In times when the shadows seem to be the headlights that opaque our day to day, it is necessary to find the light within us to be able to illuminate our way and we can move on. Labaq took this to the letter. With his new work “Lux” (Voa Music, 2019), an album that brings an aesthetic twist to his sound, but that also works as an artistic-political manifesto and the claim that each one can be his own lighthouse.
Three years after her first album “Voa” (Voa Music, 2016), an exercise that placed this artist from São Paulo as one of the most unique voices in the Latin American alternative song and that took her to travel 15 countries in almost 250 concerts in three years, and who, at the same time, presented Labaq to us as an artist absolutely out of genres, as close to neo folk as to indie or electronic textures; in “Lux” not only confirms that she is an unclassifiable and indispensable artist, but also proves to be one of the names with the greatest capacity for expansion of contemporary Brazilian music, finding doors wide open in the international market, which translates into the publication of the second album in Brazil ( Voa Music), Portugal (Omnichord Records) and Spain (Raso Estudio).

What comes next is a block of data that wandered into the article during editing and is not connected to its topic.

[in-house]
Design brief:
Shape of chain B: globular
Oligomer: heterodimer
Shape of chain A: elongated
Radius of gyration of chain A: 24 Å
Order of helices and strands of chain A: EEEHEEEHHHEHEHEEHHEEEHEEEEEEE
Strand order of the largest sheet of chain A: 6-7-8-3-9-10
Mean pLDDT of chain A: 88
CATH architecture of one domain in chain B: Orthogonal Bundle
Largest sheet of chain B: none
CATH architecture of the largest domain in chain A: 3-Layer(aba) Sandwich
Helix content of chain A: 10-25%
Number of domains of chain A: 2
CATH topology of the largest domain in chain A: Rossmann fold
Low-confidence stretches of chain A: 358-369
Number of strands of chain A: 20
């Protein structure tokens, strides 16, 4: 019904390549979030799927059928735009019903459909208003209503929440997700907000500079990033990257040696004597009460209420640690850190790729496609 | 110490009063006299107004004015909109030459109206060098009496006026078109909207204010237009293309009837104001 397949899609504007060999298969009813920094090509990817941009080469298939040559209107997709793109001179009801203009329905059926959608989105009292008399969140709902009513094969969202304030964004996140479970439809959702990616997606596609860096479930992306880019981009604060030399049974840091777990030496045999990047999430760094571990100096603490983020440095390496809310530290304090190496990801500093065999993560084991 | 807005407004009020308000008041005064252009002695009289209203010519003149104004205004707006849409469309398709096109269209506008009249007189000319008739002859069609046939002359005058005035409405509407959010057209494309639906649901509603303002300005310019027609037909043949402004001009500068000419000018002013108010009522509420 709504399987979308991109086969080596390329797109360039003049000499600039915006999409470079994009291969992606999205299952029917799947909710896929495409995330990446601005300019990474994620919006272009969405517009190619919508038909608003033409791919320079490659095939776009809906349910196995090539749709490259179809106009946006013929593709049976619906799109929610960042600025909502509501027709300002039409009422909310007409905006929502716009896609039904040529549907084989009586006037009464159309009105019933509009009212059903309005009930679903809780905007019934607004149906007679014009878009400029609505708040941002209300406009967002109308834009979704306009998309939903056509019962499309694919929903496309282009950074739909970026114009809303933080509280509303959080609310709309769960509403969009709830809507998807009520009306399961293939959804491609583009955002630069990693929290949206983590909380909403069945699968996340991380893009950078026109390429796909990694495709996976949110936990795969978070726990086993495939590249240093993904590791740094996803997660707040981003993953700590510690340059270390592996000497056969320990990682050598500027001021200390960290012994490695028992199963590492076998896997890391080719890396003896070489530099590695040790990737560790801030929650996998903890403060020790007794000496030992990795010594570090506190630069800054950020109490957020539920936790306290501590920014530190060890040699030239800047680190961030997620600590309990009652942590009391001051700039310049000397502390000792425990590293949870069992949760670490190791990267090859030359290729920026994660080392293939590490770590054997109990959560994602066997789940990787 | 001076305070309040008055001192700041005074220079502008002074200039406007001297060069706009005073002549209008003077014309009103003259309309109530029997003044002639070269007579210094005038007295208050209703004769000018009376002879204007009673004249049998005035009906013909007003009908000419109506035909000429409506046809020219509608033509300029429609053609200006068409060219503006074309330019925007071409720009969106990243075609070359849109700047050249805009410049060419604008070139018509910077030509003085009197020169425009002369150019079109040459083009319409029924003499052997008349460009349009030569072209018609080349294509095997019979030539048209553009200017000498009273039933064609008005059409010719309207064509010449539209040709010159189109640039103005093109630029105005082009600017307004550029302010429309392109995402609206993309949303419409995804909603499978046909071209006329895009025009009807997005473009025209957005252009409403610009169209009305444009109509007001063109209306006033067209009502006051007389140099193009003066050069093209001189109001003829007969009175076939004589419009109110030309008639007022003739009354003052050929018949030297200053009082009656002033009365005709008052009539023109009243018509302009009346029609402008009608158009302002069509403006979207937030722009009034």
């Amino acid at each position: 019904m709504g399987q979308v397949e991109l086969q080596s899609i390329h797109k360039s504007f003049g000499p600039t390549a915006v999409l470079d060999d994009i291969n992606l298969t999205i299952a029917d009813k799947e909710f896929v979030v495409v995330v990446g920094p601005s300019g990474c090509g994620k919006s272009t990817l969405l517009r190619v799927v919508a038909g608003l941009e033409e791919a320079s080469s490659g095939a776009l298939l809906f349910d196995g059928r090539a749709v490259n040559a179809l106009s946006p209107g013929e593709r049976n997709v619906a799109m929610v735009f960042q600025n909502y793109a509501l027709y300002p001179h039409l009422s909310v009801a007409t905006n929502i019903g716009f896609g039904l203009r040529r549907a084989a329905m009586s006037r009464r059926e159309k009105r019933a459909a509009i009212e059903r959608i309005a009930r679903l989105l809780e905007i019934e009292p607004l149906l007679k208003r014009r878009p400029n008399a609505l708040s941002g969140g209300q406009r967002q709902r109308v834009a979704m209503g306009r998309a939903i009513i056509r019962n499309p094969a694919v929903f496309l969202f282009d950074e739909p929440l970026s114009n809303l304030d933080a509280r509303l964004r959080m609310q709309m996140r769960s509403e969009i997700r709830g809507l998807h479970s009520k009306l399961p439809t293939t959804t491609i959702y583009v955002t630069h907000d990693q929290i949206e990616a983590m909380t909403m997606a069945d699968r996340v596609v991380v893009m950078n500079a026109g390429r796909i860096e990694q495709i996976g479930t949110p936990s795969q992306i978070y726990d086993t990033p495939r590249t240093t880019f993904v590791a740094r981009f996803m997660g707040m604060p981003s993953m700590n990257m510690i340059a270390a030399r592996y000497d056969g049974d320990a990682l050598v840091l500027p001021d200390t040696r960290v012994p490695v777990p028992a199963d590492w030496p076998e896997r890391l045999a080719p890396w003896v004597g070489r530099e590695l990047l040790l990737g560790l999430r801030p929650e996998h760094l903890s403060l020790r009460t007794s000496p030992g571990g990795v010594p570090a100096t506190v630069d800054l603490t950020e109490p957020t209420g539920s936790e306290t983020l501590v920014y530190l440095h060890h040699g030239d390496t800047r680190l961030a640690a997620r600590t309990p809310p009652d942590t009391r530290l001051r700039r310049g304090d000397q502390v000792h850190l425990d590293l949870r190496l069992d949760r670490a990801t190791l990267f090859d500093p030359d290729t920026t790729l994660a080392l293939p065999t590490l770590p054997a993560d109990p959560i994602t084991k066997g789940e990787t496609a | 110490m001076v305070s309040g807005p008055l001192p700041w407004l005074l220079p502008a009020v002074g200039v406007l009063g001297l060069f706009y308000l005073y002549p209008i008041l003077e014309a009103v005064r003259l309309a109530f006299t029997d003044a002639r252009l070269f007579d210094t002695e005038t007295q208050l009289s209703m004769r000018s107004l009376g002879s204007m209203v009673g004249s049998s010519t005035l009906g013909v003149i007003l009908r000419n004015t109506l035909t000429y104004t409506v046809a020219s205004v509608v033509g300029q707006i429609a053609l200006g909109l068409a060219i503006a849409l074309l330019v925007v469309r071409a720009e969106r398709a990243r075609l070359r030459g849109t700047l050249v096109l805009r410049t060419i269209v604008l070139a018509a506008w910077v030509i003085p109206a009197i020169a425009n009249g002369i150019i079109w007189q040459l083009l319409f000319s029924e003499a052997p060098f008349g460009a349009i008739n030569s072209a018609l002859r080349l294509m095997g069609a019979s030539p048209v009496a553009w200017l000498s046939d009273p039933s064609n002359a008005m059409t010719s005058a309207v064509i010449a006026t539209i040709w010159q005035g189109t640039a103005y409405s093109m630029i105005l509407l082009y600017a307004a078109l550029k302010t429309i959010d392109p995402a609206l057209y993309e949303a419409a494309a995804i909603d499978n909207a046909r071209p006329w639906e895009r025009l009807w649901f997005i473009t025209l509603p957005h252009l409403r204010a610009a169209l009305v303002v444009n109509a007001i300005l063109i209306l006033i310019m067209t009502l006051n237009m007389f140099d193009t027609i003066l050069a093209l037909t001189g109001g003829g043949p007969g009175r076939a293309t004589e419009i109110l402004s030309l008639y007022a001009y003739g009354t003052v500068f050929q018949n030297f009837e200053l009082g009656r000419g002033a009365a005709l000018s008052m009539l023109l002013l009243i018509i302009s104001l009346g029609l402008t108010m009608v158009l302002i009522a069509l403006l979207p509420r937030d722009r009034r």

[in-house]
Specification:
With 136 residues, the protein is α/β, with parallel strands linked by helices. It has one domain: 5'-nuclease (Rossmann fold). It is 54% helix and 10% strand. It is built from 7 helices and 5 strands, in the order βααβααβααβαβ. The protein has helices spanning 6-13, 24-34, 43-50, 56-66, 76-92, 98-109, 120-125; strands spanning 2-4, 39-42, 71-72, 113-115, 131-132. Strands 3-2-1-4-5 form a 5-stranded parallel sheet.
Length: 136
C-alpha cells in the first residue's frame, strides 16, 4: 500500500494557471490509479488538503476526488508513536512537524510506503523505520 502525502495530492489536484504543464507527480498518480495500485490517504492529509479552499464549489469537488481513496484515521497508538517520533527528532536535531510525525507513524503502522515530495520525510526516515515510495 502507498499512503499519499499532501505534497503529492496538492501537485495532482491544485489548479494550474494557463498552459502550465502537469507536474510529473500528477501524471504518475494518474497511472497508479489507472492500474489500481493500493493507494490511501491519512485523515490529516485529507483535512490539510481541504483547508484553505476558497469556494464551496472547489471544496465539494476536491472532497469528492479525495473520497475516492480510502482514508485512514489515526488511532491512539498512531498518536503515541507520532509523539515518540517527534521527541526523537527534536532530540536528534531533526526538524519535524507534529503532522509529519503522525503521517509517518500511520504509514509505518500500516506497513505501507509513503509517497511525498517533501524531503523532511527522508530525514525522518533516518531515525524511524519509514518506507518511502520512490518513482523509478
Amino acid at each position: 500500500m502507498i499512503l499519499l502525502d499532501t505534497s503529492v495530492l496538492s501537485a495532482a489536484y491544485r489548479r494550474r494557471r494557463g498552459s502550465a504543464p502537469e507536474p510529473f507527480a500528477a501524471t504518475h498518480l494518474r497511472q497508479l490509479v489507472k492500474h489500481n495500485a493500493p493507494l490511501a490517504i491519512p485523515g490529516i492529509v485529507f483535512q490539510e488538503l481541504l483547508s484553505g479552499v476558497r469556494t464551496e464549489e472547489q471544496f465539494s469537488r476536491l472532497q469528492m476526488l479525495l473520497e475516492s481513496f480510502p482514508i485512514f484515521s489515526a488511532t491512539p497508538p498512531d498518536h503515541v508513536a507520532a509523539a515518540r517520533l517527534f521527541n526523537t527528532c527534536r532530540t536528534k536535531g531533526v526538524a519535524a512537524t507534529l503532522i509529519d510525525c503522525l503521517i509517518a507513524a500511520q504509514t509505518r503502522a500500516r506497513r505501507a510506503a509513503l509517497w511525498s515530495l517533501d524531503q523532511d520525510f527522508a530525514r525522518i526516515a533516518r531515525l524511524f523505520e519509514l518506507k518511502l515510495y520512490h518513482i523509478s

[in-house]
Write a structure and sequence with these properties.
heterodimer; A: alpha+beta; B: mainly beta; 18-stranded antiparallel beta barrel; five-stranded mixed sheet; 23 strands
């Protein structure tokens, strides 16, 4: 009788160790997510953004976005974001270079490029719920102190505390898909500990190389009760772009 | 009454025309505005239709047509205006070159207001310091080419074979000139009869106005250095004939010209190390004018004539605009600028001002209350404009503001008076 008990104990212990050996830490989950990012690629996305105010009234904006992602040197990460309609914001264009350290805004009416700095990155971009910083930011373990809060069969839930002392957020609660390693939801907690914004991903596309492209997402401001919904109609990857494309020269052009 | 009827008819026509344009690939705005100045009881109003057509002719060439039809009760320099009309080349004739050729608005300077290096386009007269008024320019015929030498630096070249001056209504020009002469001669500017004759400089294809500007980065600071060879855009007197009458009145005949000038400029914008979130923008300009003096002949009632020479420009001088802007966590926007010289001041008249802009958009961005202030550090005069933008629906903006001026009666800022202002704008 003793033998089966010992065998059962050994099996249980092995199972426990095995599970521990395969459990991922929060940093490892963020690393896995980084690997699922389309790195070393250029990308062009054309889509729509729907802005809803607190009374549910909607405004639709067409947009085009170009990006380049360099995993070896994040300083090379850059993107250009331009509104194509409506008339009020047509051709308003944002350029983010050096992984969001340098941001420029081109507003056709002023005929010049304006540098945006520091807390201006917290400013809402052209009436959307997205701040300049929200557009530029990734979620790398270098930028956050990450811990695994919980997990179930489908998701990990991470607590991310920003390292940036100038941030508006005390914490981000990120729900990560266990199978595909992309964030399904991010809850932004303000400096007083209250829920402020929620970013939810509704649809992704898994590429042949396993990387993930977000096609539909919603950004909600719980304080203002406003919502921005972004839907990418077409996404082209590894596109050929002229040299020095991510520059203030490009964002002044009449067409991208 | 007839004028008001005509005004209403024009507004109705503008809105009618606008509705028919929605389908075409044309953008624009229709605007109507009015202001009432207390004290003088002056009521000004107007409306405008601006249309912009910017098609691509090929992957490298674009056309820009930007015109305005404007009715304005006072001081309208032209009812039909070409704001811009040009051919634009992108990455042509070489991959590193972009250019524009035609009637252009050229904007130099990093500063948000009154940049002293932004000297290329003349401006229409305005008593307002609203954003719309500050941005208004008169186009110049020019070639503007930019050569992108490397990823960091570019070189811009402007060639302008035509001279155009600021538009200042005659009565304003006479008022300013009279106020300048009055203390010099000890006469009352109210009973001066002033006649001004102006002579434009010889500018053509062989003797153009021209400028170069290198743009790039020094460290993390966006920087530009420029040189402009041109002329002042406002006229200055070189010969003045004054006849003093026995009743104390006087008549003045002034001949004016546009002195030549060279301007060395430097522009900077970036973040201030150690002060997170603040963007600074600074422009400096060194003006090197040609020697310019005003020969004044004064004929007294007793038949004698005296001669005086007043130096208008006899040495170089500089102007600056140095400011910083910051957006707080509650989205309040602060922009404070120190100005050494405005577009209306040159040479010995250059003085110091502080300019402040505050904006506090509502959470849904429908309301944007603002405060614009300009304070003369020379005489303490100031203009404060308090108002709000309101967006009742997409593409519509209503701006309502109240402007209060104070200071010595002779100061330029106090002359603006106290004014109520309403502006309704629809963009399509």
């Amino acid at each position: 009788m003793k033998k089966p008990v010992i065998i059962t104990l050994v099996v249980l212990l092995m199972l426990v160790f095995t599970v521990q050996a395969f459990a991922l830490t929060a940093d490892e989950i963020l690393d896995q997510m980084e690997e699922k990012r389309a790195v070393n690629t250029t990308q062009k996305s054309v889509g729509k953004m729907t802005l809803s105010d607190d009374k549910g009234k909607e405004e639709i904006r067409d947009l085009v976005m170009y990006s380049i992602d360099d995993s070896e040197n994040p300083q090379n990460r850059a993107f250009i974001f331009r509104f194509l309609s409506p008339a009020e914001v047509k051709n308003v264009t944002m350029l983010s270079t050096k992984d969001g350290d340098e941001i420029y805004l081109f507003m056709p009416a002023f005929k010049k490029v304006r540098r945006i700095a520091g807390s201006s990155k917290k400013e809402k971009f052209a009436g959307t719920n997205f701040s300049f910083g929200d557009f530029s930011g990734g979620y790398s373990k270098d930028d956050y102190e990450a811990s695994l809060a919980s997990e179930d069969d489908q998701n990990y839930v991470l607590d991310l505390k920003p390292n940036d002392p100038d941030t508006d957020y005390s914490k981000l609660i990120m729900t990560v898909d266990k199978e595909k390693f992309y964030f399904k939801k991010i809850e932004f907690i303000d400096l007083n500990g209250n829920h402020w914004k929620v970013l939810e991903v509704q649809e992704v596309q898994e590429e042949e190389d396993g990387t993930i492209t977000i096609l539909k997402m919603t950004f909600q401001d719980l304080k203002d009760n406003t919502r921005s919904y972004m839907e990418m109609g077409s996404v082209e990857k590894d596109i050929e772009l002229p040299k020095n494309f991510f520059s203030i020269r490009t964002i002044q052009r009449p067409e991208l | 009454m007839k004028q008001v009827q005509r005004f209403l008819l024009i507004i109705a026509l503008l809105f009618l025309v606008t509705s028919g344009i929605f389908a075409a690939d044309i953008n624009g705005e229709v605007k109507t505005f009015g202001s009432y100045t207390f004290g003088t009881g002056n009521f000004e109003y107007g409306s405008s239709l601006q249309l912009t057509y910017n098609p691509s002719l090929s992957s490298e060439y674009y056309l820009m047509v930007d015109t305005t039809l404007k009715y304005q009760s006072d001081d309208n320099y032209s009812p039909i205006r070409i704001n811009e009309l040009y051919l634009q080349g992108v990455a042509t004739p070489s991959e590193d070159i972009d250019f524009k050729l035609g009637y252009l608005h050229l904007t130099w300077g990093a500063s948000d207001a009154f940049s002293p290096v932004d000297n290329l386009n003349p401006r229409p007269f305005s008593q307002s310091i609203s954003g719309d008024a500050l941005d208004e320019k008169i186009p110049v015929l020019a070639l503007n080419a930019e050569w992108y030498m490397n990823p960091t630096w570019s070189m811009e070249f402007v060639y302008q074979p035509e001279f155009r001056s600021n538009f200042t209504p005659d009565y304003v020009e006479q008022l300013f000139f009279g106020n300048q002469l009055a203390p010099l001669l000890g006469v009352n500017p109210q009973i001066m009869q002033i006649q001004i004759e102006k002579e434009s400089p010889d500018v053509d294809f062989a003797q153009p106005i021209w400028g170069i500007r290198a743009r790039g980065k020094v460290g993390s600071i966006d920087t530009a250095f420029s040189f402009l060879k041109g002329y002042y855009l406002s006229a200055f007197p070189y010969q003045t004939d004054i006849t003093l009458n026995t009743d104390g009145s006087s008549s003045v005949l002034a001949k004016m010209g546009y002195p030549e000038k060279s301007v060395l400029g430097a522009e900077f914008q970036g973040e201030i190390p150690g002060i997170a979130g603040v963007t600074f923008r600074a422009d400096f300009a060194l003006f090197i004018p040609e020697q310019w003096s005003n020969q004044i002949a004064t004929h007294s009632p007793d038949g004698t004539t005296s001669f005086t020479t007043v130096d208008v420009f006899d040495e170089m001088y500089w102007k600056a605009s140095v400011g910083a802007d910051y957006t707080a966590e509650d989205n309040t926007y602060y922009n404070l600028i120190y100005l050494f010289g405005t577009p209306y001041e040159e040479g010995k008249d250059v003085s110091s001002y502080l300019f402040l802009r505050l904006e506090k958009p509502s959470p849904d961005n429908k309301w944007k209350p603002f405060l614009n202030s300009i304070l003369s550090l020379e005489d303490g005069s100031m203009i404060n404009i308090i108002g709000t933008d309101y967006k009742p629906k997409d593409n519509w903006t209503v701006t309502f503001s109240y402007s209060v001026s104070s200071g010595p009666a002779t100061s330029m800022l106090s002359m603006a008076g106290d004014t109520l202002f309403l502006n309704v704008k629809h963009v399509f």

The eleven songs that make up “Lux” (which has collaborations by artists such as Fármacos, Camila Vaccaro, Bienvenidos a la computadora, Fran Czec and Ian Chang) present us to a Labaq that is revolutionizing itself in order to revolutionize those around it.
Closer than ever to cables and machines, Labaq takes his notion of pop song to territories like indietronica, alternative pop music or an experimental avant garde pop without limits, approaching artists like Holly Herndon, Arca, Sudan Archives, Nai Palmo Tune-Yards, among other references of a sound and discursive aesthetic that explores its own limits, to open horizons for Brazilian pop.
A repertoire that ranges from Spanish to English, obviously passing through his native Portuguese and that is inevitably inspired by the dark times that his native country is going through.
Post-elections of 2018, the artist puts herself at the forefront of protest across her continent, as we can see in songs like “Miedo”: “we quitaron so much that we quitaron el miedo”. In times when shadows try to cover the light, Labaq invented a flashlight that, at the same time, illuminates and points.